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How to Choose Loyalty Program Benefits That Engage Customers

By October 22, 2020 July 20th, 2022 CCG Retail Marketing Blog

Differentiate your loyalty program — and your brand — with innovative, relevant rewards program features that motivate customers to take action.

Article Highlights

  • A loyalty program can be a strong differentiator for your brand — but not if it only offers a generic list of rewards program features.
  • You can develop a unique list of loyalty program benefits by considering program objectives, customer pain points and your brand pillars.
  • You should include a variety of rewards program feature types, such as hard and soft benefits, plus experiential, target-driven, cumulative and immediate rewards.
  • Quantitative evaluation will help you narrow down your raw benefits list by examining the financial impact of each feature idea.

Eighty percent of American adults belong to some type of loyalty program, according to research conducted by Synchrony Financial.1 In fact, the average person belongs to more than 14 loyalty programs — yet they’re active in fewer than half of them.2 When they are active, though, 86% of consumers say they’re more loyal to that retailer.2 How can you ensure you’re in that select group of stores that truly benefit from a loyalty program? A big part of the answer comes down to offering relevant, engaging loyalty program benefits.

Happy Woman with Shopping Bags

Why You Need Innovative Loyalty Program Benefits

While a unique product or special pricing may bring customers to your stores, they won’t necessarily differentiate your brand over the long term or keep people coming back through your doors. A loyalty program can help you stand apart — but not if your rewards program looks too much like too many others and offers only a bland, standard list of rewards program features. To be blunt, you can’t stand apart if you look like everyone else.

To truly set yourself apart while engaging customers and winning repeat business, you need loyalty program benefits that are relevant and exciting for your customers. How do you find them? Below are a few steps you can take to develop reward ideas that will attract and engage customers, and make sense financially, as well.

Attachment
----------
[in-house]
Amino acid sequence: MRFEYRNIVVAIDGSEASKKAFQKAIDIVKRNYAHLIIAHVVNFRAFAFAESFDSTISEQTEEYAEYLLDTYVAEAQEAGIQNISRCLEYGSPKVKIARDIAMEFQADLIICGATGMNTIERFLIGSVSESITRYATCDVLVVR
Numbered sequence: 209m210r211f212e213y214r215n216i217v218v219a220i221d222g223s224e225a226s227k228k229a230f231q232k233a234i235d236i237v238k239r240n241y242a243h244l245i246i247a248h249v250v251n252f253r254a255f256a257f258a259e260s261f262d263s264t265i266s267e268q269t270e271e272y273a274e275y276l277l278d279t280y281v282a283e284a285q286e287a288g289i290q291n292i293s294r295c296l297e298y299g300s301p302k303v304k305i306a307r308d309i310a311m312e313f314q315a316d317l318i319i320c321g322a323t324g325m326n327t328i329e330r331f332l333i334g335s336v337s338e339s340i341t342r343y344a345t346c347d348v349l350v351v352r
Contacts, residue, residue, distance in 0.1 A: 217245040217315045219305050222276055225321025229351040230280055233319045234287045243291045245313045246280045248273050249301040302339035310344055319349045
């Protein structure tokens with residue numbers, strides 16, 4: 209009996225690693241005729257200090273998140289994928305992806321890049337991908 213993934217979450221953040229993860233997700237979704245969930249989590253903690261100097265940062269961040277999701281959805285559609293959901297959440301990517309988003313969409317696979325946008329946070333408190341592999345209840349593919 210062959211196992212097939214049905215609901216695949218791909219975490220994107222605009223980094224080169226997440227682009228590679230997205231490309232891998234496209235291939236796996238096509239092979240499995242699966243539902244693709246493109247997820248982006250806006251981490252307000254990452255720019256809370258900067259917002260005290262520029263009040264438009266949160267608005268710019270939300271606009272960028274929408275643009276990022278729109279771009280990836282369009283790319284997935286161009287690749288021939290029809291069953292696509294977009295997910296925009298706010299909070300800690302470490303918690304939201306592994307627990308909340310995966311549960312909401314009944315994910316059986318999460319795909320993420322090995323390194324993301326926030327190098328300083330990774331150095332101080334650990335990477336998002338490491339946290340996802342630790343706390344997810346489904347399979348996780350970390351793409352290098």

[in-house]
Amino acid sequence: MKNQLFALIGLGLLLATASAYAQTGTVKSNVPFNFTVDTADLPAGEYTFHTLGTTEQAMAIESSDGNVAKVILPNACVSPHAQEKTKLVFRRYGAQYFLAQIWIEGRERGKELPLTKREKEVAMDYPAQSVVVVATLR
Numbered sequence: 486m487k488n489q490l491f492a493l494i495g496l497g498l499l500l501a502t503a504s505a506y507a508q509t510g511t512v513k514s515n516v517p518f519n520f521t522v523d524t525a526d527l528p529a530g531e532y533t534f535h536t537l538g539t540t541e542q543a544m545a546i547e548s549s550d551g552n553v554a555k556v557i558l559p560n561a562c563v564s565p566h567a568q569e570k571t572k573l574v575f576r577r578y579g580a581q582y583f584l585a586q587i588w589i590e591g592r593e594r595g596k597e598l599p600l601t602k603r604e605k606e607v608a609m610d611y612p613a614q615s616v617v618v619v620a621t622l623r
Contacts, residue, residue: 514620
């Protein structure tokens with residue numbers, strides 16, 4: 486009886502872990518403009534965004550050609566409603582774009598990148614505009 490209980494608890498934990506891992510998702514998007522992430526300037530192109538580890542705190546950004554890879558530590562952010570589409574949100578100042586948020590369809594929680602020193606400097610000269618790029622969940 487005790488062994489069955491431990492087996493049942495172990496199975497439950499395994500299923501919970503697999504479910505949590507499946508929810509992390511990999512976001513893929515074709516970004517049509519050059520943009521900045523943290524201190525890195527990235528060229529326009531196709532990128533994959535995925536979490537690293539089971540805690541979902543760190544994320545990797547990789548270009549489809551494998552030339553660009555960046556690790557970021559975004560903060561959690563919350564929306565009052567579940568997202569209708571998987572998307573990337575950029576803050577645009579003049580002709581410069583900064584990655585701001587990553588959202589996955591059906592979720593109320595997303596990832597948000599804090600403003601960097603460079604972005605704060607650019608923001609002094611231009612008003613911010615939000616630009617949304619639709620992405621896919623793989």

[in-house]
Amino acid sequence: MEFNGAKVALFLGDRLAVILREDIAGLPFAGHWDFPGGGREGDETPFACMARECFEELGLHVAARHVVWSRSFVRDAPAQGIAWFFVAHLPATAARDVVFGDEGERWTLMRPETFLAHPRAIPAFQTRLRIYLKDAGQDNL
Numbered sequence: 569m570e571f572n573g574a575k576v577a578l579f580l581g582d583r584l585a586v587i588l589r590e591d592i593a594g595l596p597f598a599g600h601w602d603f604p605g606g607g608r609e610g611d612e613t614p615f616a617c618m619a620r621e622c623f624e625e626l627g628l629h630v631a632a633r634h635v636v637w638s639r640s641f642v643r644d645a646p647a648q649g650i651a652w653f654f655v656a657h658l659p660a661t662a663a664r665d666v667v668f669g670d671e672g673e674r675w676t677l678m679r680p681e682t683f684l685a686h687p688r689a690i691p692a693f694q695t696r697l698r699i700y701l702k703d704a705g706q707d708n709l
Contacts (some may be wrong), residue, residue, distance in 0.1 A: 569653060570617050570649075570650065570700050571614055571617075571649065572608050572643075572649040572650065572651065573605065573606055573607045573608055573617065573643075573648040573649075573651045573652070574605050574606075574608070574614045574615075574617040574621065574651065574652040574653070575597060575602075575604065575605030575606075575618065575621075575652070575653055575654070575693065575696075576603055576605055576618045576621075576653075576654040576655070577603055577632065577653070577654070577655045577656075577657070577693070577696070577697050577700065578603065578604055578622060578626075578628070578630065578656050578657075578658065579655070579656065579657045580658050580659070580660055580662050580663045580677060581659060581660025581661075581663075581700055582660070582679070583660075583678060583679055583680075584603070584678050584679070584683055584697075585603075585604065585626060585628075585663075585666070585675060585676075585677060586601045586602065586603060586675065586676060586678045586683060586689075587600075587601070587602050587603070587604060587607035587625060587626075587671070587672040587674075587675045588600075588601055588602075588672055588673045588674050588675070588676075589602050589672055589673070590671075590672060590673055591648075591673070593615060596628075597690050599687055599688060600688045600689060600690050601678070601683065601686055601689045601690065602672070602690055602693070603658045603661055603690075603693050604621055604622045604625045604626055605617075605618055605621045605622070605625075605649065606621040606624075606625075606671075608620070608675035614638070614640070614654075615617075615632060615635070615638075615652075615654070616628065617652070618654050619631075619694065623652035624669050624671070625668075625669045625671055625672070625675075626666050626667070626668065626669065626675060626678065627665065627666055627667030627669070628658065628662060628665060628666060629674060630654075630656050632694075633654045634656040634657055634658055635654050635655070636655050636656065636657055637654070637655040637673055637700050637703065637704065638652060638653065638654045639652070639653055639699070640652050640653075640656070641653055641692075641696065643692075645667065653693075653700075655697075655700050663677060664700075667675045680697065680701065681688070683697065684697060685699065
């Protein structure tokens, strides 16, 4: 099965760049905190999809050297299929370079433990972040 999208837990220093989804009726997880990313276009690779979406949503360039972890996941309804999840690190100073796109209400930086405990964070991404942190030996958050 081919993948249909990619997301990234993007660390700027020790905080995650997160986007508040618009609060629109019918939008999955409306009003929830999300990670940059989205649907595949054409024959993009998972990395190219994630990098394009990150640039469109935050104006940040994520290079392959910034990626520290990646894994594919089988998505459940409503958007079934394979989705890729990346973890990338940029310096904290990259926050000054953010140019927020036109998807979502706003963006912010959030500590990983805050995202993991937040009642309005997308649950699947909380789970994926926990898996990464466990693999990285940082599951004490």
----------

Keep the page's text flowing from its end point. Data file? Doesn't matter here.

Establish Objectives for Your Loyalty Program Benefits

Ultimately, you want your rewards program features to build loyalty, of course. But having other, more specific objectives for each benefit can help ensure that your rewards have purpose and will help support broader goals, which can also help win buy-in from key managers. Keeping objectives in mind may also help spark your imagination when it comes to the next step — brainstorming reward ideas.

Objectives for your loyalty program benefits may include:

  • Attracting new members to enroll in the program
  • Increasing the perceived value of your brand
  • Retaining more customers
  • Encouraging loyalty program members to move up to a higher tier
  • Giving customers a reason to consolidate their category spending with you
  • Driving traffic and sales in general

Brainstorm Fresh Loyalty Program Benefits

With your objectives acting as a guideline, begin brainstorming loyalty program reward and benefit ideas. Don’t be afraid to get creative and be bold. At this stage, you want to create a fat list of potential benefits, so keep an open mind and don’t start eliminating suggestions too soon.

For instance, you might think of a reward, then be tempted to dismiss it because you know you can’t afford to provide that benefit to all of your loyalty program members. But, it may be a benefit you can afford to offer to a slice of your membership, such as your premiere members or new enrollees. So leave it on your list for now.

Below are five steps that can help you develop a lengthy and varied raw list of loyalty program benefits.

1: Consider different benefit types.

Ideally, your list of loyalty program ideas should include rewards from a mix of categories, such as:

  • Hard benefits cost you hard dollars and are tangible, such as discounts and bonus offers.